Increased awareness of E-waste results in increased local recycling figures
Local e-waste joint-venture, NamiGreen, recycled the equivalent to 10,000 computer monitors in 2019, a 100 % increase from previous year, according to the company.
NamiGreen CEO, Per Hansen this week said that the joint-venture recycled 102,000 kg of electronic waste, or e-waste, as compared to 50,000 kg recorded last year.
For 2019, that means NamiGreen recycled the equivalent to 10,000 computer monitors, that is 10,000 computer monitors not ending up in a landfill, he added.
“The company’s focus on service, availability, and professional handling of e-waste has attracted more clients than previous years. Those factors, as well as increased awareness in the Namibian society, the work of organizations like Recycle Namibia Forum and increased governmental focus has allowed us to recycle even more e-waste than before. All of this would not have happened without the help of all our suppliers, clients, stakeholders and the people involved in our e-waste recycling mission,” he added.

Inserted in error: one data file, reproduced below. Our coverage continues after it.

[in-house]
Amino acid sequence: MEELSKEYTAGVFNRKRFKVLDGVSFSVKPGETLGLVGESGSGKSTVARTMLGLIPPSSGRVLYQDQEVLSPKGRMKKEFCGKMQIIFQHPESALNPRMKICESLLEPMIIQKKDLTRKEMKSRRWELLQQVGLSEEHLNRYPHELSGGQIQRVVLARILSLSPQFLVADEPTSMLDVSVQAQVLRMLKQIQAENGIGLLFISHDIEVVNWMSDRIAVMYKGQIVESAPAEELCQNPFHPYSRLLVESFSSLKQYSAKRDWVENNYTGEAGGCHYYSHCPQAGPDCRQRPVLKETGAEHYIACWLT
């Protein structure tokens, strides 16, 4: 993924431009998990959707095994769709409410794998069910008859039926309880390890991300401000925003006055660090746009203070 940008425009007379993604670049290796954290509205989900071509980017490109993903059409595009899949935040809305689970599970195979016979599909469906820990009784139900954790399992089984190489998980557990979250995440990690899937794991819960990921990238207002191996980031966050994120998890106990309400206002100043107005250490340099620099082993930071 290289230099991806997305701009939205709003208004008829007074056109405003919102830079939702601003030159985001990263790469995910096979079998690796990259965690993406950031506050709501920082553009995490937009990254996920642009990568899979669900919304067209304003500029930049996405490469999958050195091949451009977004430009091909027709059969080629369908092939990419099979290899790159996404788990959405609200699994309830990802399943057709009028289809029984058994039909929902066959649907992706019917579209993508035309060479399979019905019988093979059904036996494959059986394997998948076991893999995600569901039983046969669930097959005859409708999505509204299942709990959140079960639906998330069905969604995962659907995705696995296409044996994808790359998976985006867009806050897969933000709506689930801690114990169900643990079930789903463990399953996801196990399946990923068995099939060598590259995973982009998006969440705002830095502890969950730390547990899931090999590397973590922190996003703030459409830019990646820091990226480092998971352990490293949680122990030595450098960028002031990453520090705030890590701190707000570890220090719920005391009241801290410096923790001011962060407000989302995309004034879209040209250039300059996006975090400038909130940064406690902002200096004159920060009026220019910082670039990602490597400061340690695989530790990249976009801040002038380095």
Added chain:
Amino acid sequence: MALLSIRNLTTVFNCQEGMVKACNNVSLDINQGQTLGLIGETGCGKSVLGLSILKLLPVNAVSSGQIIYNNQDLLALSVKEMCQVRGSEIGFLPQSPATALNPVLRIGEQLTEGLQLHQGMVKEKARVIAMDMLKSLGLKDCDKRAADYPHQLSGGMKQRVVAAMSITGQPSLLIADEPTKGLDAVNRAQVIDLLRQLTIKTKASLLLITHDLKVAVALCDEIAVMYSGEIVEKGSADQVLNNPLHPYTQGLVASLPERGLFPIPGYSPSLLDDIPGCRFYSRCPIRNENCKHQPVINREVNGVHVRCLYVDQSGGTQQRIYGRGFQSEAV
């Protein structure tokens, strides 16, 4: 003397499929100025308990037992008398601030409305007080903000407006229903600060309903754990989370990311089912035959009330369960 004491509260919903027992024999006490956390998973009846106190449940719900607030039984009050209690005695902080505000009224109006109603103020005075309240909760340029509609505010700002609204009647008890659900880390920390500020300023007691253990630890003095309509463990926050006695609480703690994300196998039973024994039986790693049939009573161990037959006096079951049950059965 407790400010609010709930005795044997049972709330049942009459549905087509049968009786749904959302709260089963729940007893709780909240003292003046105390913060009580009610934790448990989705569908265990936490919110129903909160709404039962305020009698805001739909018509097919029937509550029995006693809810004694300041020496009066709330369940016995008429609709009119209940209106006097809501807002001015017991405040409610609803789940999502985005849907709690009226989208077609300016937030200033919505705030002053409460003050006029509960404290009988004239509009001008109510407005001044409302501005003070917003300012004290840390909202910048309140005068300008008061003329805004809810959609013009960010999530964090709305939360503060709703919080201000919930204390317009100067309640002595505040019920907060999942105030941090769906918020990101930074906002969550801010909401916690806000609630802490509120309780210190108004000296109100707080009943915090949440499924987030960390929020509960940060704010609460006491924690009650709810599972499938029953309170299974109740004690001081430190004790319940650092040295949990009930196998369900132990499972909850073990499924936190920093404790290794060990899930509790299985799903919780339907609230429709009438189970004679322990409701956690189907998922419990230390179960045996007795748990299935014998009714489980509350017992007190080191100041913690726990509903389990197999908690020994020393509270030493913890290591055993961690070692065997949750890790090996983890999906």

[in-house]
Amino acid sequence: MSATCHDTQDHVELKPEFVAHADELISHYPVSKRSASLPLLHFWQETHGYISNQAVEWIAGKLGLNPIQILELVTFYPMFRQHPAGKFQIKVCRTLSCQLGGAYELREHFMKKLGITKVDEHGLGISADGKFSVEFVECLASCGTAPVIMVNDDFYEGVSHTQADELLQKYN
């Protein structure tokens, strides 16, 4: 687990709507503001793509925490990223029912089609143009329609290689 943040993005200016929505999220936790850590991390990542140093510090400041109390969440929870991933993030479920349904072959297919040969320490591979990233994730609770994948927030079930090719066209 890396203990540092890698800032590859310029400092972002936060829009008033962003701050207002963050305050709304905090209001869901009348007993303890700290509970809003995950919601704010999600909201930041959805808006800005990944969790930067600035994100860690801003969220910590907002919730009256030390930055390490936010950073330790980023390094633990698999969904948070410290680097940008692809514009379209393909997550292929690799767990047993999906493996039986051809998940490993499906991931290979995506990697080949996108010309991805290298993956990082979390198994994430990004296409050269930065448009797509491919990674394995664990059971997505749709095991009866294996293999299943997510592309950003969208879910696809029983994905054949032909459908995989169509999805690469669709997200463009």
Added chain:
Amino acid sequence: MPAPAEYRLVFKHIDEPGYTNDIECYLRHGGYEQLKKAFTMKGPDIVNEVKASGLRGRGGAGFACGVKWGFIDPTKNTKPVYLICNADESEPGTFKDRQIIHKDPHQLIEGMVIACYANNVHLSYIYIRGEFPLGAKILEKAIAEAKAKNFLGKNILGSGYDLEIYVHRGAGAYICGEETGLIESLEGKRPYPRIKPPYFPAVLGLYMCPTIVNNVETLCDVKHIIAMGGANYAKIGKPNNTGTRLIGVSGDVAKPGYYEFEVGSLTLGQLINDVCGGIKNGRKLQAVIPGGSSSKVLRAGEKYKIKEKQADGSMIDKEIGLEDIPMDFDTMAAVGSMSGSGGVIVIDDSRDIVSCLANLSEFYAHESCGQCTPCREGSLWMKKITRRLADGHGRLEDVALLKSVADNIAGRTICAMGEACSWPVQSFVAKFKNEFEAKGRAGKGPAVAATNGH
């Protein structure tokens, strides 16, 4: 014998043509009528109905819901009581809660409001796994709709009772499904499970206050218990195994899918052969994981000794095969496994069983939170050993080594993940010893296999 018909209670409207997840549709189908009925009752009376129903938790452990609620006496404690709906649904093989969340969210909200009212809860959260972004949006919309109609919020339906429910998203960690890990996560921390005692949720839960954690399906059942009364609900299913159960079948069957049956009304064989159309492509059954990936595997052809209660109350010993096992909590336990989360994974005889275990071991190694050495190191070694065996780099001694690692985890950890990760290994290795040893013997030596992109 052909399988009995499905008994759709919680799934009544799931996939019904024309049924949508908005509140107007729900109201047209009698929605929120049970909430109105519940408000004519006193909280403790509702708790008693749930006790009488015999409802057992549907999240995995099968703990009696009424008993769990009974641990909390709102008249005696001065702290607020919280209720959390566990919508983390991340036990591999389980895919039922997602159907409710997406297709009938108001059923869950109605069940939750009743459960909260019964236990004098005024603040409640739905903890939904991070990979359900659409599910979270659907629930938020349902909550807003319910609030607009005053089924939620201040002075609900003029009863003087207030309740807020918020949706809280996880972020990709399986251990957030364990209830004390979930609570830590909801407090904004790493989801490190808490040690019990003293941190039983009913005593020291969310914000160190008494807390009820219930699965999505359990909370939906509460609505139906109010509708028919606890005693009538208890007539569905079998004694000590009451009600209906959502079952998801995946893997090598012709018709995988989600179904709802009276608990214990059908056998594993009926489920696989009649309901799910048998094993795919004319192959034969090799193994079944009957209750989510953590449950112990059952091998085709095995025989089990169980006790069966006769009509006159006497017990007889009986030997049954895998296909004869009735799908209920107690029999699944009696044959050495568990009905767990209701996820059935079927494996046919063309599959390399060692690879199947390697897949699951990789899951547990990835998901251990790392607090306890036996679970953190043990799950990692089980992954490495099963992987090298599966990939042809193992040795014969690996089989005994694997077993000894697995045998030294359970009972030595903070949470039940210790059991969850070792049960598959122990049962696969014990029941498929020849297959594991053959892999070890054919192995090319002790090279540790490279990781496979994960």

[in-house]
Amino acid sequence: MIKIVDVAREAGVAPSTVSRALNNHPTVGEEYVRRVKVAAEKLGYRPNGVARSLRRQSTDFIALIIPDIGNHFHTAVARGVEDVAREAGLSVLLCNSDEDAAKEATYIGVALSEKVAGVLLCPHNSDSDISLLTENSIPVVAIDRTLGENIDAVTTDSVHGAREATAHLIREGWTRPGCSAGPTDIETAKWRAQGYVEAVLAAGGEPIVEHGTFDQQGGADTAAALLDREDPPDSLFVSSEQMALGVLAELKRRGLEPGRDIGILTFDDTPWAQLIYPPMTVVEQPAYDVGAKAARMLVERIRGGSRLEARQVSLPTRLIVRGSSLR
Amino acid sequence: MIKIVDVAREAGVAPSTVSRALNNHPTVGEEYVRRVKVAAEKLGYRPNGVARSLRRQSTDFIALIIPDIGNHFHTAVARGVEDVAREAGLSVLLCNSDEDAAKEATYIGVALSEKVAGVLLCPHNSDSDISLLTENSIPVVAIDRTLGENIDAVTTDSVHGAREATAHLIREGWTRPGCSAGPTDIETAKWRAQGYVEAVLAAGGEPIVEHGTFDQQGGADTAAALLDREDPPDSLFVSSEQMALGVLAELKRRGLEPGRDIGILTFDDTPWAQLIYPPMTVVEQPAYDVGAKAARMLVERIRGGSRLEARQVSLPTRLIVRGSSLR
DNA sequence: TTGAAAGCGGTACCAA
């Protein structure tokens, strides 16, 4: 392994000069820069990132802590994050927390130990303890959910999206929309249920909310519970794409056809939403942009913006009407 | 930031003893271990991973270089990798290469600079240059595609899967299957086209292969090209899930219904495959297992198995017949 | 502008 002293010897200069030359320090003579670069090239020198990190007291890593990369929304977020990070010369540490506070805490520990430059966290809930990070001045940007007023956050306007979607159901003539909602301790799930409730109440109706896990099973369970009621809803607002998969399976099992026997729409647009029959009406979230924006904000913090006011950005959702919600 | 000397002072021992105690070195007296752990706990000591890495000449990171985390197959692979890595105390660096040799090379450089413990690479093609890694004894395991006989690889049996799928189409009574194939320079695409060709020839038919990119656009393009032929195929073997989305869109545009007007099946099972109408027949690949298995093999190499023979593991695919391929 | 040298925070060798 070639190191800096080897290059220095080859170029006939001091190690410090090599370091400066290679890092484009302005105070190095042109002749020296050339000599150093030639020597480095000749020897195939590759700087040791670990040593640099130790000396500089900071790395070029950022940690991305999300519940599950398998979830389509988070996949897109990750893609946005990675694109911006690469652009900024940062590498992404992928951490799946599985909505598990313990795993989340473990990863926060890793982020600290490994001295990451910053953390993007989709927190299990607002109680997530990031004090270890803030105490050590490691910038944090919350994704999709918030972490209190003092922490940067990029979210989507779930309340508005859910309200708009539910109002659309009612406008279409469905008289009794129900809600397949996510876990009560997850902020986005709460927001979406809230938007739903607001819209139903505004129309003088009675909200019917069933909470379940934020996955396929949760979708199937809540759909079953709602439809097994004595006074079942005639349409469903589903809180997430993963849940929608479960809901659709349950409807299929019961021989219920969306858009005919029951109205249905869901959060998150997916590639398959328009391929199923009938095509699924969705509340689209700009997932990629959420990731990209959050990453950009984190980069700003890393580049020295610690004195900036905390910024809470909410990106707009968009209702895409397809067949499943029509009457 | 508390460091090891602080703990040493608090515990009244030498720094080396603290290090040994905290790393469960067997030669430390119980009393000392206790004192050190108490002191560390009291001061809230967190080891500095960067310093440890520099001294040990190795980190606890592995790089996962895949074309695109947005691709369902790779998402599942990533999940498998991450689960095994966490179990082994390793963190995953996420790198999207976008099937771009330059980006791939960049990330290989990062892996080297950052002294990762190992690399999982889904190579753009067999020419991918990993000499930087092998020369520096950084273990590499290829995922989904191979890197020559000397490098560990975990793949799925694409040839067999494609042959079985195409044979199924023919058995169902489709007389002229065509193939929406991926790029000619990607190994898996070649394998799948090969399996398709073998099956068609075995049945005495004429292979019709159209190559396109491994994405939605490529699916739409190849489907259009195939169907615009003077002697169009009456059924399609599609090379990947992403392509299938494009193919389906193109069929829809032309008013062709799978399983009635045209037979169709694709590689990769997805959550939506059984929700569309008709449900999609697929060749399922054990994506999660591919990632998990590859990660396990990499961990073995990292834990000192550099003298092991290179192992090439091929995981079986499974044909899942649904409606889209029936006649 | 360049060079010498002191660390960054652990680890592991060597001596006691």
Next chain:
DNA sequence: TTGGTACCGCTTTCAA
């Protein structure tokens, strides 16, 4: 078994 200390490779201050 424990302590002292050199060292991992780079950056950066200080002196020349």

Early forecasts for 2020 reveal more growth for the local e-waste recycler, and NamiGreen is again expected beat previous e-waste recycling rates, he added.
Electronic waste is basically every electronic device or gadget that no longer works or serves a purpose – typical items of e-waste include computer monitors, printers, computers, laptops, phones and other electronic household devices.
“Recycling is important for the future of any country. If we don’t want to live in a toxic dump, we need to recycle, Hansen said adding that the majority of all electronic gadgets and devices contain materials that can cause harm to the precious eco-systems.
Meanwhile, citizens can easily recycle their used and broken electronics by placing it in one of the e-waste bins provided by the company.
“We offer companies and organisations a free e-waste collection service, where they simply call us or can go to our website – www.namigreen.com and book an e-waste collection online in a few minutes. That has been very well received and we expect even more companies to use the service in 2020,” he concluded.
Caption: One of the larger waste streams at NamiGreen E-waste – old and broken printers waiting to be recycled. (Photograph from NamiGreen).